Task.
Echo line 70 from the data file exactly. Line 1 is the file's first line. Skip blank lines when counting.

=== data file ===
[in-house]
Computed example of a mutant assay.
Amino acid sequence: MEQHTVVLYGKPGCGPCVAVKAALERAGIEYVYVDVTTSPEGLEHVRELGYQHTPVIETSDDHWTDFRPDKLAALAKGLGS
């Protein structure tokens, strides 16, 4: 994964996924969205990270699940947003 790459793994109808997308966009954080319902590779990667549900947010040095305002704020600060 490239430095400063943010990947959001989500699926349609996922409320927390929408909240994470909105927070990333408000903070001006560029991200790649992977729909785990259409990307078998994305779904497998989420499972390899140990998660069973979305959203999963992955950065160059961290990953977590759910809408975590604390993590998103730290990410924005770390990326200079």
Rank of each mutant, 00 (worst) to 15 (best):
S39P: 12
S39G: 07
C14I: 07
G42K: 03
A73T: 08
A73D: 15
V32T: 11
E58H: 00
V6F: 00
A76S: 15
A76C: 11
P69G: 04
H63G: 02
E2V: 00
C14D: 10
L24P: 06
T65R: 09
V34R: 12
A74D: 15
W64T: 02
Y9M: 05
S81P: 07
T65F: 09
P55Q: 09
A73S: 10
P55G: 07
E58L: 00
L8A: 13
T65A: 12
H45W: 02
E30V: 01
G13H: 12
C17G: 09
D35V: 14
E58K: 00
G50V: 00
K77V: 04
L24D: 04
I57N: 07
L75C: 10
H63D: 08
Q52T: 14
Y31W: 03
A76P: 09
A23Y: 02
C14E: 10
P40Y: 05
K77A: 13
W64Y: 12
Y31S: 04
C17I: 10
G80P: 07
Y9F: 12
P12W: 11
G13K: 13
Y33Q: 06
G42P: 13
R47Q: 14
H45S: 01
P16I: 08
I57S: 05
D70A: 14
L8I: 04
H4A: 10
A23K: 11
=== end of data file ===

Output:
A23K: 11